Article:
Reverse Concatenation of Product and Modulation Codes

Reverse concatenation (RC) architectures, which recently have been deployed in hard-disk-drive (HDD) products, offer crucial advantages in coding such as (i) avoiding error propagation through the modulation decoder, (ii) allowing the use of efficient high-rate modulation codes, and (iii) passing of soft information from the detector to the decoder, which facilitates parity-post processing and iterative coding schemes. In HDDs, error-correcting codes essentially consist of a single high-rate Reed–Solomon code, whereas in tape recording, large product codes are used that require a new RC architecture. Such a novel RC architecture for product codes is presented and illustrated by an example based on the Linear Tape Open Standard, Generation 4 (LTO-4). Compared with the rate-16/17 modulation code of the LTO-4 standard, the proposed RC scheme has a modulation scheme of rate 0.9951, i.e., achieves 5.7% improvement in rate while maintaining the same interleaved I = 11 modulation constraint, but at the cost of a slight weakening of the G-constraint.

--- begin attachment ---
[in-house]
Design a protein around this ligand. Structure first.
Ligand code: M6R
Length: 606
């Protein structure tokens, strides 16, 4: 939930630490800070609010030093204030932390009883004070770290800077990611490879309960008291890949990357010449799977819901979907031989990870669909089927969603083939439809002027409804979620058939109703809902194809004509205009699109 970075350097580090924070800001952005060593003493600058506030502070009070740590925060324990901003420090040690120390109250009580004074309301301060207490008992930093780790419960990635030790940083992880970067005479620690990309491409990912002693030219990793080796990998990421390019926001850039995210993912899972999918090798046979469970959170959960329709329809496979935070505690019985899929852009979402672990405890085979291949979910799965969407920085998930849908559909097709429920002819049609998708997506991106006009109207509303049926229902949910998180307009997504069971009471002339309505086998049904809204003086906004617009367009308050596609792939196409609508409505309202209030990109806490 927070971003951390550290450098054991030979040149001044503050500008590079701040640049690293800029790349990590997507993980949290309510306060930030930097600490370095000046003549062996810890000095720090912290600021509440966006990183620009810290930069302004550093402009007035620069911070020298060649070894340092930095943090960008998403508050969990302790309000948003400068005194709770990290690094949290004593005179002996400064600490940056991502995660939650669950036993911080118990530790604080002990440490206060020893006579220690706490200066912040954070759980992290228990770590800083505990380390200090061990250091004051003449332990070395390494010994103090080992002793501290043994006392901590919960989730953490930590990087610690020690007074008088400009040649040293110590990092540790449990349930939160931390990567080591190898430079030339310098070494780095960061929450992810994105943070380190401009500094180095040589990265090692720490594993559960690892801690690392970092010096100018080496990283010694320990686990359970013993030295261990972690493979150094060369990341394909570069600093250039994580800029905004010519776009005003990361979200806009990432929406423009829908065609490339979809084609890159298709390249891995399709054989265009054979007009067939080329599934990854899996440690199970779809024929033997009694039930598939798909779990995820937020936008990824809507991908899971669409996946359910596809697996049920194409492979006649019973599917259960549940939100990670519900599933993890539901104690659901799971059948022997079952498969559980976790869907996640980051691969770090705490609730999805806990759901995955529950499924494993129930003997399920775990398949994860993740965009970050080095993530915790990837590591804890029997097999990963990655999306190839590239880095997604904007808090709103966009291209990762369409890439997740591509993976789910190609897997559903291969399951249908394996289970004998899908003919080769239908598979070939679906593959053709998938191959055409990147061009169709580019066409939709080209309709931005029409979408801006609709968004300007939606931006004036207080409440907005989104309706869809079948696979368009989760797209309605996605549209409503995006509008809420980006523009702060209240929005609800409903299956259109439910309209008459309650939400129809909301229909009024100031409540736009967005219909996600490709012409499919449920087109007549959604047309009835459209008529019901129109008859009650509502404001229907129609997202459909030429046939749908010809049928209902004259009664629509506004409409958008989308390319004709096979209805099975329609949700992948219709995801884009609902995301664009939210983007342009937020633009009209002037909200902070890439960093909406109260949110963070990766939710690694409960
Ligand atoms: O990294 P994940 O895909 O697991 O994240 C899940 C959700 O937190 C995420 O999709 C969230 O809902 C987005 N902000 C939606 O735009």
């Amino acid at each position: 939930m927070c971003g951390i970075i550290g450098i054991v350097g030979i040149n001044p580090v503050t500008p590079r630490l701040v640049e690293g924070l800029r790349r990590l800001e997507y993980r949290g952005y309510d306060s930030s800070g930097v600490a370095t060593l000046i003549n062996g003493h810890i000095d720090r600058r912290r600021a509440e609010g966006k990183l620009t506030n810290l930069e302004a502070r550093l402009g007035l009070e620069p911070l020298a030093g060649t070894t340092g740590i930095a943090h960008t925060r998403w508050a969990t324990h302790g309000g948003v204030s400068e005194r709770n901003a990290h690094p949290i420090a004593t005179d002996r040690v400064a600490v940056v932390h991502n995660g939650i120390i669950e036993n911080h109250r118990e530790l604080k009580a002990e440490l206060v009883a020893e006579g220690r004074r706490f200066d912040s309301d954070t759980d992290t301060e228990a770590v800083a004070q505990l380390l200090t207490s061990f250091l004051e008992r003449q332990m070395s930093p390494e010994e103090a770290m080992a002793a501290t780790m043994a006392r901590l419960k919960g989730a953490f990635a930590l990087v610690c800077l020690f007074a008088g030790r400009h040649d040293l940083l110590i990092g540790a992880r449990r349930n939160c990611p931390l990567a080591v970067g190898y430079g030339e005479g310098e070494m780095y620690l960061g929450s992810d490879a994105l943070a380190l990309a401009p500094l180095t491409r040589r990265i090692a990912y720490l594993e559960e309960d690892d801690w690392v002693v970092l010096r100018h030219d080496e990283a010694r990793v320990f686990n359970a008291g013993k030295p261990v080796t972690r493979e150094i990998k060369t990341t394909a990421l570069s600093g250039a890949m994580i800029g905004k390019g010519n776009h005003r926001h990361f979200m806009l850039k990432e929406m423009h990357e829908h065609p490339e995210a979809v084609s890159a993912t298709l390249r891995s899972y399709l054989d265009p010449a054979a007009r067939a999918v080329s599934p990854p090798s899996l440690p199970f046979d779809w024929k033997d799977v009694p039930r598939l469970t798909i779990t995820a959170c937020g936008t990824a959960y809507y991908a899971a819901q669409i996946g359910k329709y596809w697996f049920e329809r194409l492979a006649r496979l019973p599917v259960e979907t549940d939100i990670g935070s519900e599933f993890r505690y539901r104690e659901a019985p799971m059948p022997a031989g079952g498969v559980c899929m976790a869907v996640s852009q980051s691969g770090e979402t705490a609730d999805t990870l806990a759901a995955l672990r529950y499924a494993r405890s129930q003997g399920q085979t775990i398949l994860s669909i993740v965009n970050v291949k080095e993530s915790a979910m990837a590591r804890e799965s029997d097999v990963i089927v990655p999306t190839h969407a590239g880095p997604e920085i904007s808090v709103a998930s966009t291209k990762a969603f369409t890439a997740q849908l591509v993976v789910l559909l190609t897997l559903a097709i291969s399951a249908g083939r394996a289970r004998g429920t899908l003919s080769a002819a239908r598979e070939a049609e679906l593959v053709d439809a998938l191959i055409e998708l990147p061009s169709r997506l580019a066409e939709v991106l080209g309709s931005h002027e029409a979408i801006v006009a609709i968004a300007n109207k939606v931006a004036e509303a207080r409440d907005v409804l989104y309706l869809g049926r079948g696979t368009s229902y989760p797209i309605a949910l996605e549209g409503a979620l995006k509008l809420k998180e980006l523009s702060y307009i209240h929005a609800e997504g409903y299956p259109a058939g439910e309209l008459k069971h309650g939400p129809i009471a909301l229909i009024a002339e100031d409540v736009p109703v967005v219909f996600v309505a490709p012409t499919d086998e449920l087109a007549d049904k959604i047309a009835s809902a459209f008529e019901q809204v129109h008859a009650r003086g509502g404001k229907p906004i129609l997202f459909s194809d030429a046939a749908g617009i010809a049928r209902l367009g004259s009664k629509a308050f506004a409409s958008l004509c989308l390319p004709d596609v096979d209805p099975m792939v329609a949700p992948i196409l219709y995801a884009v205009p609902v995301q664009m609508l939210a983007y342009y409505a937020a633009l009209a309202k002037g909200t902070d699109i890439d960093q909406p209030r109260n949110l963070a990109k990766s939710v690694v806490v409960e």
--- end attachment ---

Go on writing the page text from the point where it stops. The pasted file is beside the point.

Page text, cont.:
By: Thomas Mittelholzer and Evangelos Eleftheriou

Published in: Proc. IEEE Int'l. Conf. on Communications "ICC '08," Beijing, PR China, New York, IEEE, vol.-, no. -, p.1991 in 2008


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